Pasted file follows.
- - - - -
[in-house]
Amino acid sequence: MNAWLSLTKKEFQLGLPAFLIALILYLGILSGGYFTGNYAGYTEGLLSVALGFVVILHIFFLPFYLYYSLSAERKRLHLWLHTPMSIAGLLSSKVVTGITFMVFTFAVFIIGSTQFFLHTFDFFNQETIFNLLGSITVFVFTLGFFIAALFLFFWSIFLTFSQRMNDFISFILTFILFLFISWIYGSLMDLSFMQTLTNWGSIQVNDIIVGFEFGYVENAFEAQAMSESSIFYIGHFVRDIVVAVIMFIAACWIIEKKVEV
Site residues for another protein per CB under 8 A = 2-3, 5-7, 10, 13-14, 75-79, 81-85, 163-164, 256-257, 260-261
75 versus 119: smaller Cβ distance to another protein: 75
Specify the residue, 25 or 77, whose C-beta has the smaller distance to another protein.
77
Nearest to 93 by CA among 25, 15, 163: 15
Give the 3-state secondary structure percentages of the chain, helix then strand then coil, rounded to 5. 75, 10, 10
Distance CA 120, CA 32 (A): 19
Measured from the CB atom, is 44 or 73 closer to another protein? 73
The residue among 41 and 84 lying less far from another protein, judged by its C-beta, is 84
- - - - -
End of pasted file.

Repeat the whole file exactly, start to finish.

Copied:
[in-house]
Amino acid sequence: MNAWLSLTKKEFQLGLPAFLIALILYLGILSGGYFTGNYAGYTEGLLSVALGFVVILHIFFLPFYLYYSLSAERKRLHLWLHTPMSIAGLLSSKVVTGITFMVFTFAVFIIGSTQFFLHTFDFFNQETIFNLLGSITVFVFTLGFFIAALFLFFWSIFLTFSQRMNDFISFILTFILFLFISWIYGSLMDLSFMQTLTNWGSIQVNDIIVGFEFGYVENAFEAQAMSESSIFYIGHFVRDIVVAVIMFIAACWIIEKKVEV
Site residues for another protein per CB under 8 A = 2-3, 5-7, 10, 13-14, 75-79, 81-85, 163-164, 256-257, 260-261
75 versus 119: smaller Cβ distance to another protein: 75
Specify the residue, 25 or 77, whose C-beta has the smaller distance to another protein.
77
Nearest to 93 by CA among 25, 15, 163: 15
Give the 3-state secondary structure percentages of the chain, helix then strand then coil, rounded to 5. 75, 10, 10
Distance CA 120, CA 32 (A): 19
Measured from the CB atom, is 44 or 73 closer to another protein? 73
The residue among 41 and 84 lying less far from another protein, judged by its C-beta, is 84